Giving Tuesday and our Giving Kids

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Change Makers. Amidst bad news populating our TVs, radios and social networks it’s time to celebrate the Change Makers instead. And here’s a little secret, there are Change Makers all around you. They live on your street.  They may be drinking a hot chocolate at the table next to yours in that coffee shop you’re sitting at right now. Or maybe you…yes you… it is Giving Tuesday after all.

Ever had a conversation with a 5-year-old about world issues? If not, I highly recommend it. Because unlike 36-year-olds, a 5-year-old will listen to the issue and then jump right in with solutions. No matter how challenging the situation at hand, they will deliver a plan of action. No, it might not always be a plan that will be feasible. But it will be a plan delivered with passion and conviction. And one you as a parent should get behind.

“Children see what is happening around them, and those that are compassionate, they want to make a change,” said Joanne Ginter, Manager of Counselling Initiatives specializing in children and youth for the Calgary Counselling Centre.  “As adults we look at history and teaching about the mistakes, but kids can look at what is happening and think about how to make a difference.”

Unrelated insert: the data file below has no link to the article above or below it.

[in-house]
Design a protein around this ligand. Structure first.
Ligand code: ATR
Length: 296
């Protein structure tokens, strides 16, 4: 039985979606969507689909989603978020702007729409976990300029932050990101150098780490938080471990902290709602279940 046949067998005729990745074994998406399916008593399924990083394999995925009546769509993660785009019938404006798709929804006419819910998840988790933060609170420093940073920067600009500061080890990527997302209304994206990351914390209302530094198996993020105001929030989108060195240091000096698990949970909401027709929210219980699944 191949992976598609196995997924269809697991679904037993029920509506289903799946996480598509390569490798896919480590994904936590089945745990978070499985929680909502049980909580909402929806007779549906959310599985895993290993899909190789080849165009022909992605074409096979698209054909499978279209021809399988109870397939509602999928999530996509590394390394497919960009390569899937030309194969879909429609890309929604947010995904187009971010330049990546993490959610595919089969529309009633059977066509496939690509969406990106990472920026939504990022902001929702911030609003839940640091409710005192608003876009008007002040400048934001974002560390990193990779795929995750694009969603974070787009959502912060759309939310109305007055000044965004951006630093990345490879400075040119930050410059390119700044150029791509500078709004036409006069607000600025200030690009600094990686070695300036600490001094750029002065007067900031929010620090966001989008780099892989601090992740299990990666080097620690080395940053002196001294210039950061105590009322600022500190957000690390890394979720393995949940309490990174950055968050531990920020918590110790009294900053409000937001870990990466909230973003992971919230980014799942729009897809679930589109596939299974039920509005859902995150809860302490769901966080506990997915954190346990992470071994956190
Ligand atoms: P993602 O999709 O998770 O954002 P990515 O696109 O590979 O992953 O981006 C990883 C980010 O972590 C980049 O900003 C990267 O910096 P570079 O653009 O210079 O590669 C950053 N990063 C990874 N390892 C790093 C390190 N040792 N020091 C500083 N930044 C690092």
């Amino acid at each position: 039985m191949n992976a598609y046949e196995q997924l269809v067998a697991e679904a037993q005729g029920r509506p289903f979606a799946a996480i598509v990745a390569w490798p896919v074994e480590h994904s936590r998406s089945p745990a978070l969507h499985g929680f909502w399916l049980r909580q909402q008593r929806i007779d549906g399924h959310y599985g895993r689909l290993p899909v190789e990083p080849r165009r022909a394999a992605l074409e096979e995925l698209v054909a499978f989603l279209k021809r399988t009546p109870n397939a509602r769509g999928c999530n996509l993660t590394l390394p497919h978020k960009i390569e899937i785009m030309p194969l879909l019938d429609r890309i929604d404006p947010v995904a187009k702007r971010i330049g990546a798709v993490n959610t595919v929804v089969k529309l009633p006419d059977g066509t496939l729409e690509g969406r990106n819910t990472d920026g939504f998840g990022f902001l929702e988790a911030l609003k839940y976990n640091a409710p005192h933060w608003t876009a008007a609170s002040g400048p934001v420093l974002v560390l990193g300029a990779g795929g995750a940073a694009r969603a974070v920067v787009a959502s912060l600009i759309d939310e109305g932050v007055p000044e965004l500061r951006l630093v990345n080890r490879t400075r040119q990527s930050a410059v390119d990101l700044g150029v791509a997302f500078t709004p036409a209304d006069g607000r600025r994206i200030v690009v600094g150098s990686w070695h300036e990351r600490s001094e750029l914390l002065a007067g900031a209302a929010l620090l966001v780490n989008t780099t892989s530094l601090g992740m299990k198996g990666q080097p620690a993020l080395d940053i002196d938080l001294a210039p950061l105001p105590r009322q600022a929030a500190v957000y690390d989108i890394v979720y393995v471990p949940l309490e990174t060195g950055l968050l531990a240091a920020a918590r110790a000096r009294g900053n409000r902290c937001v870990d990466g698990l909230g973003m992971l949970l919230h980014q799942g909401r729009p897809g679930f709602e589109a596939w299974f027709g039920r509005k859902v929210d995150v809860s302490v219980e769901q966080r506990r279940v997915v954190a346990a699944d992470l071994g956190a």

Ginter said it’s important for parents to recognize how education of children is changing. With internet exposure and greater discussions in school about global current events, children are seeing a much more global picture. And as parents, we need to listen to kids when they bring up those discussions at home.

“Kids have all these emotions that come with that (compassion);  we have to give them the opportunity to make a difference. Adults are key,” said Ginter.

A teacher in my local community, echoed Ginter.

“Technology is giving us increased global information on a daily basis. We cannot ignore the information that our children are getting. We need to help them make sense of it. Kids need to talk in order to do that,” she said. “Our kids have a great awareness of how lucky they are and they have a desire to make a difference. They should know that they can make a difference, no matter how young or old they are.

Ginter said many teachers are realizing the importance of social engagement and creating opportunities for impact or change maker projects and parents can follow.  In this particular teacher’s case, the classroom has been working on raising funds through hand-made crafts for a playground project in Rwanda.

“The project itself is doing the teaching. The kids are experiencing the work of fundraising, with its good points and tough ones,” explained the teacher. “Our students are recognizing the power of their collective energies.”

Here are some tips by Ginter to help your little change maker develop a healthy future in impacting his/her world: